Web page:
The Grueling Truth - Where Legends Speak / Is Football Really Worth it and Can it Be Made Safer?

Is Football Really Worth it and Can it Be Made Safer?

Can Football be made safer?

The title of this article is something I have been asking myself lately, especially with all the former players who are being diagnosed with dementia and ALS. Today alone former San Francisco 49ers receiver Dwight Clark and Chicago Bears legend Gayle Sayers were diagnosed with dementia. I cannot without a doubt say that football caused it, but there is a ton of evidence that is very hard to ignore.

Even beyond the players reportedly receiving diagnoses of brain ailments on a regular basis, my biggest concern with all of this is the fact that I have two sons that will be playing high school football this year. As a father, my first instinct is of course to protect my children, but I don’t want to be overprotective, either.

So the question I ask is: Can the game be made safer? My answer to that question is that I think it can be done, but can it be made safe enough? Let us look at some things that can be done to help.

Eliminate Youth Football
Before the age of 14, there is a size disparity between a child’s head and body, which causes what concussion experts call a “bobble-head” effect — the head snaps back dramatically after it is hit, which will cause the brain to move around inside of the youth’s head.

Children under 14 years of age have big heads on fragile necks, and that combination sets up the brain for the possibility of greater injury.

However, around age 14, a child’s skull develops to about 90% the size of an adult’s, with the neck and body strong enough to be able to better protect the head against the force of a blow. The more developed and strengthened the neck muscles, the less dramatically the head (and thus the brain) is rocked after a tackle or a block.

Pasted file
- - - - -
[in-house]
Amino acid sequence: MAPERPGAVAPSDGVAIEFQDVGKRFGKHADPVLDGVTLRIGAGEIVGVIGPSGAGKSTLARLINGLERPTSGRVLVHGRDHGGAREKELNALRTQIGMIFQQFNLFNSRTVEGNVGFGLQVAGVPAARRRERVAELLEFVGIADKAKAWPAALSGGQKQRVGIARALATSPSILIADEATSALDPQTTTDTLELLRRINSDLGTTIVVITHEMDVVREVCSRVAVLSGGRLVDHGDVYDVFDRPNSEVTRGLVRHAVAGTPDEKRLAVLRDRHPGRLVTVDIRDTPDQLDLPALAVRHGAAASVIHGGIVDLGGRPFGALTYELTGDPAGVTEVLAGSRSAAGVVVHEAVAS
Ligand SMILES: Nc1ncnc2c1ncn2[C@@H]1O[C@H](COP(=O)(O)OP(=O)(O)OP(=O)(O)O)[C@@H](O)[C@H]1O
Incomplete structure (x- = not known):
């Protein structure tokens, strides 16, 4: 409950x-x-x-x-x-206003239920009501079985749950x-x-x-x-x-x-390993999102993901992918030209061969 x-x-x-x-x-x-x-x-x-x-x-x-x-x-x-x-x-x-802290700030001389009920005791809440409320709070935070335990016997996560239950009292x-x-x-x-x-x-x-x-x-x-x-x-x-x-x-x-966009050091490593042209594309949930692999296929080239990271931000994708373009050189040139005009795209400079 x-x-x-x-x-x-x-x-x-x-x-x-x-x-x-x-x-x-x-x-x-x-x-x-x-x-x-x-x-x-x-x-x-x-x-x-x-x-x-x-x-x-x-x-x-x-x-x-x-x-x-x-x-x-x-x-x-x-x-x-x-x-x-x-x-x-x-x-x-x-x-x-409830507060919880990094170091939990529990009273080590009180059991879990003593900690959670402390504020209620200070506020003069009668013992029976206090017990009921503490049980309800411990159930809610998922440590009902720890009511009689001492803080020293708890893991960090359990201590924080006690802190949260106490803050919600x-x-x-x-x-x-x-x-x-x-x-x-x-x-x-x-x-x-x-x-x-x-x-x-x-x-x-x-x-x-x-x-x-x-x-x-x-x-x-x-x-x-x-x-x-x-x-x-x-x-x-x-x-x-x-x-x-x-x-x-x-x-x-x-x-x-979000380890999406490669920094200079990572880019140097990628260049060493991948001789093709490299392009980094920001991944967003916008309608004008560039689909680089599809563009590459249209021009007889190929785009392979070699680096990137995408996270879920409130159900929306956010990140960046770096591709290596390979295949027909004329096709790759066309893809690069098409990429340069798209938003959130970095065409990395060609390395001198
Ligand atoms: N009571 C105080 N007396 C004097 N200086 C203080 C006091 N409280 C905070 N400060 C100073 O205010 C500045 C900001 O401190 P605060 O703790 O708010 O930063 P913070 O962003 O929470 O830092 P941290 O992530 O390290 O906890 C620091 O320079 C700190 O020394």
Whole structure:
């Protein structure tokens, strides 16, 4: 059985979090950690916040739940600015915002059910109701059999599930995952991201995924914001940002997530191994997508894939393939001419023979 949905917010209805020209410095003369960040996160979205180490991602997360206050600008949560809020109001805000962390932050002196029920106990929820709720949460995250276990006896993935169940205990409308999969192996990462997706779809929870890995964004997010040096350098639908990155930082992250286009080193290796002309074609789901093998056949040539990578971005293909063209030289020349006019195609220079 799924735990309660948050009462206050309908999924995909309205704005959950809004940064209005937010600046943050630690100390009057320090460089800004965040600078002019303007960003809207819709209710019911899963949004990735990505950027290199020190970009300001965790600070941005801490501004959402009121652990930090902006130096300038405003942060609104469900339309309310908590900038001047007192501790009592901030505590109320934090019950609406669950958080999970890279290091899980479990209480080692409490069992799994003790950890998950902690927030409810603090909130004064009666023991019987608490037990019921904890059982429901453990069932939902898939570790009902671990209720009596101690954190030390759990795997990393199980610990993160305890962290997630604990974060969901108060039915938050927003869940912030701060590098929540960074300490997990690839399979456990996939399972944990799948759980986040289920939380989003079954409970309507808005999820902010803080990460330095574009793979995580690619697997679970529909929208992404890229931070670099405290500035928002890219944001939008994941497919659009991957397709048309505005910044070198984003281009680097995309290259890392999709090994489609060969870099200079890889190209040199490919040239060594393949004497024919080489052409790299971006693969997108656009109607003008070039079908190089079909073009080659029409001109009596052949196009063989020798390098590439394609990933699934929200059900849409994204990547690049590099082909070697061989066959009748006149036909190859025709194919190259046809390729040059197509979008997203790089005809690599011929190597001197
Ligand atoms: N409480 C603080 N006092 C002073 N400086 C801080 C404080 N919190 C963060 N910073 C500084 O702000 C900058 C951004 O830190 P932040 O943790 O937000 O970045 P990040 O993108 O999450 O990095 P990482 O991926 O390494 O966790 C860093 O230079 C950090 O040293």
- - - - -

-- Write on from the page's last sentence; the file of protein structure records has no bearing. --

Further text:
You also have the issue of brain development,\ and a protein called myelin. Myelin acts as insulation, a sort of buffer, to protect nerve fibers in the brain. By the age of 14, children have a better-myelinated brain which makes them less vulnerable to injury.

Another factor to consider is the lack of quality coaching in youth football. The NFL has the heads-up initiative to try and train youth coaches in the area of concussions. The problem is the program is a joke. The test you take anybody could pass.

As usual, “heads-up football” is just the NFL’s way of paying lip-service to an enormous problem. If you have been to a youth football practice and seen the stupid hitting drills they do, you know what I mean. Most of these coaches are parents and don’t have the training or ability to coach youth football players in the techniques required for the game. NFL Hall of Fame coach John Madden said this about youth football “I’m a firm believer that there’s no way that a six-year-old should have a helmet on and learn a tackling drill,” Madden said.  “There’s no way.  Or a seven-year-old or an eight-year-old.  They’re not ready for it.  Take the helmets off kids. . . .  Start at six years old, seven years old, eight years old, nine years old.  They don’t need a helmet.  They can play flag football.  And with flag football, you can get all the techniques.  Why do we have to start with a six-year-old who was just potty trained a year ago and put a helmet on him and tackle? . .  We’ll eventually get to tackling.”